Sunday, November 14, 2010
Why We Watch
My apologies for the long hiatus. It's good to be back. It was very exciting to hear that several people were looking forward to the next post. I have readers! Who knew.
I wanted to write about something important for my return to the blogosphere. Something more than the everyday post. I thought about discussing the NFL, but it would have gone something like this: "there are a lot of good teams and I don't know who will win." I considered writing about the NBA, but I think my talents might be wasted on South Beach. I contemplated posting about the NHL, but I'm not Canadian. I even toyed with an MLS playoff article, but...you know.
It was somewhere between this morning's coffee and Golden Grahams that I thought to myself: I'm going to spend the next 9 hours in front of the TV. Why???
And so we arrive at this post: Why We Watch. It's an interesting subject to consider, really. Sports are incredible, don't get me wrong. But if some outsider, like an alien from V or some crap like that (is that still a show?) saw sports for the first time, I'm sure there would be some confusion. These games fuel one of the largest industries in the world, with hundreds of billions of dollars flowing through sporting channels around the globe.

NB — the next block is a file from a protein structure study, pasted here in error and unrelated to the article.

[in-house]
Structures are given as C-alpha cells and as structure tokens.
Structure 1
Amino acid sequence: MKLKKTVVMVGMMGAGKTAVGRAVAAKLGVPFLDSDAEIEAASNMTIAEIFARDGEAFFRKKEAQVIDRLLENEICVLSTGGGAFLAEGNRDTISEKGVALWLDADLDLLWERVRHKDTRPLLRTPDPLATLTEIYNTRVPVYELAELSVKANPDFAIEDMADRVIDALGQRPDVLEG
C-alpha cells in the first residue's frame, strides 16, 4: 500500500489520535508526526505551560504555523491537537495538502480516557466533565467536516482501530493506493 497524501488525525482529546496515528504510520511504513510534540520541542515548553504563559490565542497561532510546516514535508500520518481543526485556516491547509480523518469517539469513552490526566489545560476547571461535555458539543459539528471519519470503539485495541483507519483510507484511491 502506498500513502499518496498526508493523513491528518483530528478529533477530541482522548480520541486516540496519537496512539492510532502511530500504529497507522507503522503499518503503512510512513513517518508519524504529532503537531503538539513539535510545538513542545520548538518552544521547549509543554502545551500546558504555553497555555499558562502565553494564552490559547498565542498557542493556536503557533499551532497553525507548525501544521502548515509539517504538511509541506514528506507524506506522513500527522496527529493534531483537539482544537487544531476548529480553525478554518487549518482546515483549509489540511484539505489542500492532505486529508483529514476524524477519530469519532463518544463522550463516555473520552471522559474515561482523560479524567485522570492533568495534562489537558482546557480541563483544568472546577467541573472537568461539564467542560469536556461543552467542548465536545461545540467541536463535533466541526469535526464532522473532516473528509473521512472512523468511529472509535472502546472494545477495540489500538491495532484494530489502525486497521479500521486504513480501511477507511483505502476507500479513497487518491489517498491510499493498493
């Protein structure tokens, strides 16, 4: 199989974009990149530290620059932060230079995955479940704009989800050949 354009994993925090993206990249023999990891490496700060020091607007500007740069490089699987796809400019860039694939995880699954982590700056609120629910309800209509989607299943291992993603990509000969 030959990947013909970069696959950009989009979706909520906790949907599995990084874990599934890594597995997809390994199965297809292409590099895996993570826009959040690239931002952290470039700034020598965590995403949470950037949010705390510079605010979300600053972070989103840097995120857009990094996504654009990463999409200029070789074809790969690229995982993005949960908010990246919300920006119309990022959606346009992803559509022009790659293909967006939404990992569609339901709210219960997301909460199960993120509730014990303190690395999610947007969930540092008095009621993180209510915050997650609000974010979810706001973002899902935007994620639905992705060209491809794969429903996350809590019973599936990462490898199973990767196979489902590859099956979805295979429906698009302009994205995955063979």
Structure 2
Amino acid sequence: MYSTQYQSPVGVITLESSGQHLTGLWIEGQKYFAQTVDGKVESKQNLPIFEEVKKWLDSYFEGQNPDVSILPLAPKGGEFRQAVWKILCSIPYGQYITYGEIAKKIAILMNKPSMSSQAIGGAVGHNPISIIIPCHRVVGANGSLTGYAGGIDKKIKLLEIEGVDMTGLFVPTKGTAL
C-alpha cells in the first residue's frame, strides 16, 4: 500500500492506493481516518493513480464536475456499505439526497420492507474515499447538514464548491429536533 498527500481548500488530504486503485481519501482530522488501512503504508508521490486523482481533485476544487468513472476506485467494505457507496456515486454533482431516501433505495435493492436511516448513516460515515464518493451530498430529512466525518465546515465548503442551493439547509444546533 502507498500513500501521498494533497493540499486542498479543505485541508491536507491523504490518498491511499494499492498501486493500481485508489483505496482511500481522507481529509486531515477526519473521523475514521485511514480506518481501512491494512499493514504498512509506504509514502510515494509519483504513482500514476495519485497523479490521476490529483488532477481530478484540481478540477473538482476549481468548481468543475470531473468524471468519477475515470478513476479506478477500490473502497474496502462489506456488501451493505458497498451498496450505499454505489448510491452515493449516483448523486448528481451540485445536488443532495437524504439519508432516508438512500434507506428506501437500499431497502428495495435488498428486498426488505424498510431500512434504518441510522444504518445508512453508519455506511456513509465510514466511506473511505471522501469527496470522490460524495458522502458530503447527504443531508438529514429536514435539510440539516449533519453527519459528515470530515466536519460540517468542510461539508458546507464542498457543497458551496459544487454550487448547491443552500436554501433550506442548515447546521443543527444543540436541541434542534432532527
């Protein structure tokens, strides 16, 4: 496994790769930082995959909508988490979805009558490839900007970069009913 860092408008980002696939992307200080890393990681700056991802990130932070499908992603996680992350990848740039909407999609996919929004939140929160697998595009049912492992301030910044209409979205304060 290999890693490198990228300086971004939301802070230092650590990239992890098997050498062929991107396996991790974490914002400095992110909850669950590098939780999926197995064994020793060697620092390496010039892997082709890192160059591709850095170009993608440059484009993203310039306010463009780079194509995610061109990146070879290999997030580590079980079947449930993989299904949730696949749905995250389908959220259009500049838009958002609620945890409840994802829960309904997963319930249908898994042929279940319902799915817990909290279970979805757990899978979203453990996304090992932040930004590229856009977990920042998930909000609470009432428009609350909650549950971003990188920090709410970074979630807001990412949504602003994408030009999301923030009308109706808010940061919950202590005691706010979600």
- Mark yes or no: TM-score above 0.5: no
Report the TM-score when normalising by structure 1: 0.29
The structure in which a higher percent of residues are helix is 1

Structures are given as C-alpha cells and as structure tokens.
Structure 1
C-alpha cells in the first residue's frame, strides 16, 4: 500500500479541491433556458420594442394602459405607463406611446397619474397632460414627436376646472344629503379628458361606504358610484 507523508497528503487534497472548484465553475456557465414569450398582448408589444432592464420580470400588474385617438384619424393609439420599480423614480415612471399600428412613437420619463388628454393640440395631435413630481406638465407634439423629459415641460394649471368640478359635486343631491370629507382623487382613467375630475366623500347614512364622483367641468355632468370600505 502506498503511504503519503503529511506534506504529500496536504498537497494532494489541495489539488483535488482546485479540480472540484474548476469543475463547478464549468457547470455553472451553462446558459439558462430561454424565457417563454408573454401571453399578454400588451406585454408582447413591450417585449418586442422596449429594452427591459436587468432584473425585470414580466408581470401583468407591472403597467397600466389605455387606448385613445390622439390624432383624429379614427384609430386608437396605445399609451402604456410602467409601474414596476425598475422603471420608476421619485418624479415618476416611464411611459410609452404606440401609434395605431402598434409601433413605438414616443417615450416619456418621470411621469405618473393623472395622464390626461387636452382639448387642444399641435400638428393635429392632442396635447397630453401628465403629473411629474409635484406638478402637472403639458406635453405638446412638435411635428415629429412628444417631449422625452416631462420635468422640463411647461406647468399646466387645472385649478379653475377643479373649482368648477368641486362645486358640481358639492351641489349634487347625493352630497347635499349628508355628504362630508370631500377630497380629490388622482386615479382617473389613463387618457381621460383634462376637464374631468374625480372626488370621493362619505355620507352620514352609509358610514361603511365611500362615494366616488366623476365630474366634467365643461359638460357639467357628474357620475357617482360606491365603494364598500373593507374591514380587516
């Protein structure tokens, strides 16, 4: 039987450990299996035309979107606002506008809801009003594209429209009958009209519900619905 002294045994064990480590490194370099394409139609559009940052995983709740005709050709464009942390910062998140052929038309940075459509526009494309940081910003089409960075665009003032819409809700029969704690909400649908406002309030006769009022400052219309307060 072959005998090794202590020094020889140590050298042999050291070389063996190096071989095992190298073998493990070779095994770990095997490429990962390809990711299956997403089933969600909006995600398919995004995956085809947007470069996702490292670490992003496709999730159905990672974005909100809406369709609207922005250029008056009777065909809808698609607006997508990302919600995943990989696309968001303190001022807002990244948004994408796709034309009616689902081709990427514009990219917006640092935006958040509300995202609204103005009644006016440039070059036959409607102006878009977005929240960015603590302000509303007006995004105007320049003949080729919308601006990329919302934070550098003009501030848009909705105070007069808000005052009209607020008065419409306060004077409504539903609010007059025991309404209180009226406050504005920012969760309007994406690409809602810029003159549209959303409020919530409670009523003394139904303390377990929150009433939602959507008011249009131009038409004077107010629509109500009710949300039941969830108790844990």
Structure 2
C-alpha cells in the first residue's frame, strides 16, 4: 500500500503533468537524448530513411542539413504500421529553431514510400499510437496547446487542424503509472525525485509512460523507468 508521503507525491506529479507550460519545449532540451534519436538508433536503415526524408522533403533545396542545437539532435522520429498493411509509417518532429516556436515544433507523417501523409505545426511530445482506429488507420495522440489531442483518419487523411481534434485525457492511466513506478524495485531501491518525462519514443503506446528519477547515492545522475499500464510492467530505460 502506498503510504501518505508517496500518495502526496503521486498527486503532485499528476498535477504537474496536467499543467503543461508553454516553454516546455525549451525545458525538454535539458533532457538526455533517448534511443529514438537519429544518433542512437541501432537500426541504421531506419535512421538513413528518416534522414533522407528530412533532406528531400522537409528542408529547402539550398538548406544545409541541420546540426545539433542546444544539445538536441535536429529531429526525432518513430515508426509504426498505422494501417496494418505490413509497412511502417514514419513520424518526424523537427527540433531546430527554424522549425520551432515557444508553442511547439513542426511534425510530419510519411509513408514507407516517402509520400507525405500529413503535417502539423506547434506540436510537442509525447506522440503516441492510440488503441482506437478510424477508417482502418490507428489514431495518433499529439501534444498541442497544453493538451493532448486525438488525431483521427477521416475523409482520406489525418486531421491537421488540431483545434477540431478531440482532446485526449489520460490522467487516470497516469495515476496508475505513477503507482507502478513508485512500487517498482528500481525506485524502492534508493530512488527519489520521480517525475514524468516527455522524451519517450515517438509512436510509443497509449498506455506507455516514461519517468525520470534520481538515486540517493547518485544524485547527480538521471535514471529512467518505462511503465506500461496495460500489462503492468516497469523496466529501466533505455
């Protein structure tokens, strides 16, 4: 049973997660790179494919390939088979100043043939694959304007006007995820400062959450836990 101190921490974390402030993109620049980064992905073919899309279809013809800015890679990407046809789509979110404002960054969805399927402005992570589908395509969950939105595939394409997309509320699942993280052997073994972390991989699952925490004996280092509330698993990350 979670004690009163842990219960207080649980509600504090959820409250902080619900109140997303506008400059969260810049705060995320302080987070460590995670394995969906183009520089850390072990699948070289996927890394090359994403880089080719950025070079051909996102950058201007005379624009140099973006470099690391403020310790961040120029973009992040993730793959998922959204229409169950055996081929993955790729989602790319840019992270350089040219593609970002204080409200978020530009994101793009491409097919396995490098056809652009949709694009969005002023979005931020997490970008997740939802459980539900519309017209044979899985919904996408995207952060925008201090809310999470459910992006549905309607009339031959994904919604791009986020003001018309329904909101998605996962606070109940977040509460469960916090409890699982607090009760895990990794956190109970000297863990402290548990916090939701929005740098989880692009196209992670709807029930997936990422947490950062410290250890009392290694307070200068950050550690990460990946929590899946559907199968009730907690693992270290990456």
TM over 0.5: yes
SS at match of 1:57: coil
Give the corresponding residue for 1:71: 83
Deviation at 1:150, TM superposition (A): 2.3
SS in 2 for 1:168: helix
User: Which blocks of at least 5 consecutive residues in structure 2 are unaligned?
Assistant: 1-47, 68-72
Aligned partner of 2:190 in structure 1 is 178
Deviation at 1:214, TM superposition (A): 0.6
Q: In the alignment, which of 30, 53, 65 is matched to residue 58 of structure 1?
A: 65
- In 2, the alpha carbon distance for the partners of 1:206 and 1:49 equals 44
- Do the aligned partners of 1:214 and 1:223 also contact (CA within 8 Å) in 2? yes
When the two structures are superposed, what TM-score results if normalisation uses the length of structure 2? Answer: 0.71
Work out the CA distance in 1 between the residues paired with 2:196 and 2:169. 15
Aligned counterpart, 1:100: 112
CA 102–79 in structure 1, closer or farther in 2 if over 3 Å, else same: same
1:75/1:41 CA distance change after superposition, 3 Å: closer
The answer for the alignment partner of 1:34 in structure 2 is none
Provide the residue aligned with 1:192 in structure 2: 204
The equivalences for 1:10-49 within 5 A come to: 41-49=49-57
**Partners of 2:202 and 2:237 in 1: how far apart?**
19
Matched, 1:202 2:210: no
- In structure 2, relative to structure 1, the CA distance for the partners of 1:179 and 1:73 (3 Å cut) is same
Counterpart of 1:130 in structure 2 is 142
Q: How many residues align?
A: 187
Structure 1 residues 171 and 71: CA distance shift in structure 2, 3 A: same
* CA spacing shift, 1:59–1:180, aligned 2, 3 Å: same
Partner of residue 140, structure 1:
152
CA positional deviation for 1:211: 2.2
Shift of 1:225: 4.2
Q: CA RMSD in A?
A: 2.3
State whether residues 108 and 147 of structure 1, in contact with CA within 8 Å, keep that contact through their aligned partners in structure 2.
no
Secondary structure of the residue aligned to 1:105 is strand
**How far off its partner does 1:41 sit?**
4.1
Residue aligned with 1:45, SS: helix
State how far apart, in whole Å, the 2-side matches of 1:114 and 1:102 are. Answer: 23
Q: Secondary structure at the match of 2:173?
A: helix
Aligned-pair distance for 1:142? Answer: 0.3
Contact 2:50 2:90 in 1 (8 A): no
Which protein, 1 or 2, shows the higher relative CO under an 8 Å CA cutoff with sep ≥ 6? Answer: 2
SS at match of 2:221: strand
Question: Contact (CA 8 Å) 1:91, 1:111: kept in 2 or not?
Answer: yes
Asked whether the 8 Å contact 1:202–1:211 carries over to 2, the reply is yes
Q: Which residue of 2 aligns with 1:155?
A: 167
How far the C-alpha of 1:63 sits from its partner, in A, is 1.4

So why do we watch, then? Why does anybody care? What makes sports better than, say, movies? It starts with a sort of connection to a sport. Most of us sports-watchers have played (or play) a sport or two, and it's fascinating to see the top level athletes compete in one of our sports.
But it's certainly more than that. We watch for camaraderie. Fanhood ushers us into the arms of a city; it gives us a sense of belonging. When's the last time you went to a movie and high-fived the stranger next to you when something amazing happened? And sports are a conversation starter with virtually anybody. "Did you see the game last night?" is all it takes to go from awkward silence to a great discussion.
But above all else, we watch for the authenticity. Sport itself is an art form. The intricacies of a Tampa 2 or an umbrella powerplay can be fascinating. Or, to the more casual sports fan, the action as a whole is enough. But sports are separate from art for one important reason. When we watch a movie, we know that the actors spent hours getting the staging just right, that someone edited scenes together, that somebody else added special effects. When we read a book, we know the ending has already been inked onto the last few pages. But when we watch a game, the story is written right before our eyes. The players don't have any more of an idea regarding what's going happen than we do. We might "know" that the Cowboys are going to lose by double digits today, but we don't know until we see it with our very own eyes.
And that is why we watch.